Pattern recognition enhancement
Pattern recognition enhancement is defined as an increase in a person's ability and tendency to recognize patterns (usually faces) within vague stimuli.
This innate ability which human beings possess in everyday life is referred to by the scientific literature as pareidolia and is a well documented phenomenon. Common examples of this include spotting faces in everyday objects, such as the front of a car, or seeing different objects in clouds.
During this effect, pareidolia can be significantly more pronounced than it would usually be during a sober state. For example, remarkably detailed images may appear embedded in scenery, everyday objects may look like faces, and clouds may appear as fantastical objects, all without any visual alterations taking place. Once an image has been perceived within an object or landscape, the mind may further exaggerate this recognition through the hallucinatory effect known as transformations, which goes beyond pareidolia and becomes a standard visual hallucination.
Pattern recognition enhancement is often accompanied by other coinciding effects such as acuity enhancement and colour enhancement. It is most commonly induced under the influence of mild dosages of psychedelic compounds, such as LSD, psilocybin, and mescaline.
Face within a cloud by Denis Farmer620 × 407
Optical illusion by Oleg Shuplyak331 × 420
The Forest Has Eyes by Bev Doolittle1,400 × 710
Optical illusion by Oleg Shuplyak450 × 470
Eye of the tower by Davide Lombardi554 × 366
Face within tree bark by Bev Doolittle816 × 1,040
Absents of the mermaid by Octavio Ocampo550 × 409
Squinting eyes on a roof top by Anonymous450 × 338
Smile in tree bark by Chelsea Morgan2,176 × 3,872
Skullflower by Anonymous610 × 407
Face in a cloud by Neil Usher710 × 473
Compounds within our psychoactive substance index which may cause this effect include:
Anecdotal reports which describe this effect within our experience index include:
- Experience: 15mg 2C-B (oral) - A pleasant low-dose evening with Nexus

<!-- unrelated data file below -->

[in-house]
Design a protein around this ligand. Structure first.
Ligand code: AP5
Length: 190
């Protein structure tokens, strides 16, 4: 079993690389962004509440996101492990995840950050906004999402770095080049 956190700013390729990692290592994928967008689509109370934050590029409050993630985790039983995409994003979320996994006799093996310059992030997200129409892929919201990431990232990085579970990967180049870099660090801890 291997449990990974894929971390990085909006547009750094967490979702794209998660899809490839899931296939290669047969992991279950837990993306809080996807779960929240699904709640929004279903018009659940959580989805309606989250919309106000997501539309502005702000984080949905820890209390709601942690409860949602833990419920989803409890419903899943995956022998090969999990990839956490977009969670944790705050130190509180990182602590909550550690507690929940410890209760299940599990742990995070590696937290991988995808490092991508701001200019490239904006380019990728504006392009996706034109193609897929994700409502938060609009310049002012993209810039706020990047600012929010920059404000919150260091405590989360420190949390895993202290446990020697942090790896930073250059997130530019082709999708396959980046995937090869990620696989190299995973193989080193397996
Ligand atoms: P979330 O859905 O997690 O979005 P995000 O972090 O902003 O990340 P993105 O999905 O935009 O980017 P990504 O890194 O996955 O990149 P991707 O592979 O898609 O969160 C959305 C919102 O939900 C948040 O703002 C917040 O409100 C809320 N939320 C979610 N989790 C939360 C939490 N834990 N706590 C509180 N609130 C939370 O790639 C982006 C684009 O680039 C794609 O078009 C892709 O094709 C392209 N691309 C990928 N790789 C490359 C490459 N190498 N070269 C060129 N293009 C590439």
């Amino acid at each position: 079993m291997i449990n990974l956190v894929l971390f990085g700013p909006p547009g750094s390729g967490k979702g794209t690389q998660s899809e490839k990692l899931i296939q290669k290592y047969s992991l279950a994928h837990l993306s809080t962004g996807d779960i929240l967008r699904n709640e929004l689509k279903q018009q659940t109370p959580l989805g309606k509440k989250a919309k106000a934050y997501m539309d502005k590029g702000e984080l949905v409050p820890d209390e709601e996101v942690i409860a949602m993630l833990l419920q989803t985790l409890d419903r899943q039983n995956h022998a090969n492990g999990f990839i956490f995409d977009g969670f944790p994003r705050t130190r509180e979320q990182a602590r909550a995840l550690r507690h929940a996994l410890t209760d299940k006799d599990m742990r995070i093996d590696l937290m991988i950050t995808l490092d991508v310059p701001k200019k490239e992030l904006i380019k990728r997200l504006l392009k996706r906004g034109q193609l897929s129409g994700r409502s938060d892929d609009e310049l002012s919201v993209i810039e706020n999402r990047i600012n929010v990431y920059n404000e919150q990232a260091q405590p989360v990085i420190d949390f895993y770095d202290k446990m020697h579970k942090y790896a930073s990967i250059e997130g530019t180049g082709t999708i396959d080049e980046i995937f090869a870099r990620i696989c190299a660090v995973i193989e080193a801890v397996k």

- Experience: 200µg 1P-LSD (sublingual) + 12mg CBD - The Vortex of Empathy
- Experience: 22mg 2C-B (oral) / 100ug 1P-LSD (sublingual) - My first time tripping alone (2 days in a row)
- Experience: 80mg EPT - Slight improvement
- Experience:0.75g MDMA - Possibly some MDA through metabolisation?
- Experience:1000 Morning Glory seeds - Rediscovering the Self
- Experience:120µg LSD - First Bad Acid Trip, Psychosis
- Experience:150mg MDMA + 20mg 2C-B - I designed it this way myself
- Experience:20mg (insufflated) - permanent all-encompassing states of unity and interconnectedness
- Experience:20mg - I looked up and saw an angry god-like figure made of clouds glaring down at me
- Experience:250 seeds - Harsh body load
- Experience:25mg - A labyrinth of organs and a storybook walk
- Experience:2C-P (approx. 35mg) - Asymmetrical Terror and the Geometric Sea
- Experience:2mg 25C-NBOMe - Experimental trip to test personal limits of NBOMes
- Experience:3 Grams of Mushrooms - Reset on my Life, Experiencing Satori and the Cosmic Perspective
- Experience:3.5g psilocybe cubensis - Relinquishing of Material Chains/Fear and Desolation
- Experience:300µg LSD - Togetherness and the Silent Dusk
- Experience:4.5g - The Grand Introduction to Beauty and Fear
- Experience:40mg - Brothermind and the Forest's Hand
- Experience:5g Mushrooms - Failed attempt at a Terence Mckenna style trip.
- Experience:BK-2C-B - Various experiences
- Experience:Mushrooms and Snuff Films -- Trip Report (3.5 grams)
- Experience:Unknown dosage / 1 tab DOC - Psychedelia Turned Into Stimulant Psychosis
- Experience:Unknown dosage / 3 tabs - Ego death and a total break through in the snow
- Responsible use
- Subjective effects index
- Pattern recognition suppression
- Psychedelics - Subjective effects
- Dissociatives - Subjective effects
- Deliriants - Subjective effects
- Liu, Jiangang; Li, Jun; Feng, Lu; Li, Ling; Tian, Jie; Lee, Kang (2014). "Seeing Jesus in toast: Neural and behavioral correlates of face pareidolia". Cortex. 53: 60–77. doi:10.1016/j.cortex.2014.01.013. ISSN 0010-9452.
- Hadjikhani, Nouchine; Kato, Masaharu; Mugitani, Ryoko (2015). "Pareidolia in Infants". PLOS ONE. 10 (2): e0118539. doi:10.1371/journal.pone.0118539. ISSN 1932-6203.
- Coolidge, F. L., & Coolidge, M. L. (2016, August 09). Why People See Faces When There Are None: Pareidolia. Retrieved February 21, 2018, from https://www.psychologytoday.com/blog/how-think-neandertal/201608/why-people-see-faces-when-there-are-none-pareidolia
- Abraham, Henry David (1983). "Visual Phenomenology of the LSD Flashback". Archives of General Psychiatry. 40 (8): 884. doi:10.1001/archpsyc.1983.01790070074009. ISSN 0003-990X.
- Halberstadt, Adam L. (2015). "Recent advances in the neuropsychopharmacology of serotonergic hallucinogens". Behavioural Brain Research. 277: 99–120. doi:10.1016/j.bbr.2014.07.016. ISSN 0166-4328.
- Papoutsis, Ioannis; Nikolaou, Panagiota; Stefanidou, Maria; Spiliopoulou, Chara; Athanaselis, Sotiris (2014). "25B-NBOMe and its precursor 2C-B: modern trends and hidden dangers". Forensic Toxicology. 33 (1): 1–11. doi:10.1007/s11419-014-0242-9. ISSN 1860-8965.
- Bersani, Francesco Saverio; Corazza, Ornella; Albano, Gabriella; Valeriani, Giuseppe; Santacroce, Rita; Bolzan Mariotti Posocco, Flaminia; Cinosi, Eduardo; Simonato, Pierluigi; Martinotti, Giovanni; Bersani, Giuseppe; Schifano, Fabrizio (2014). "25C-NBOMe: Preliminary Data on Pharmacology, Psychoactive Effects, and Toxicity of a New Potent and Dangerous Hallucinogenic Drug". BioMed Research International. 2014: 1–6. doi:10.1155/2014/734749. ISSN 2314-6133.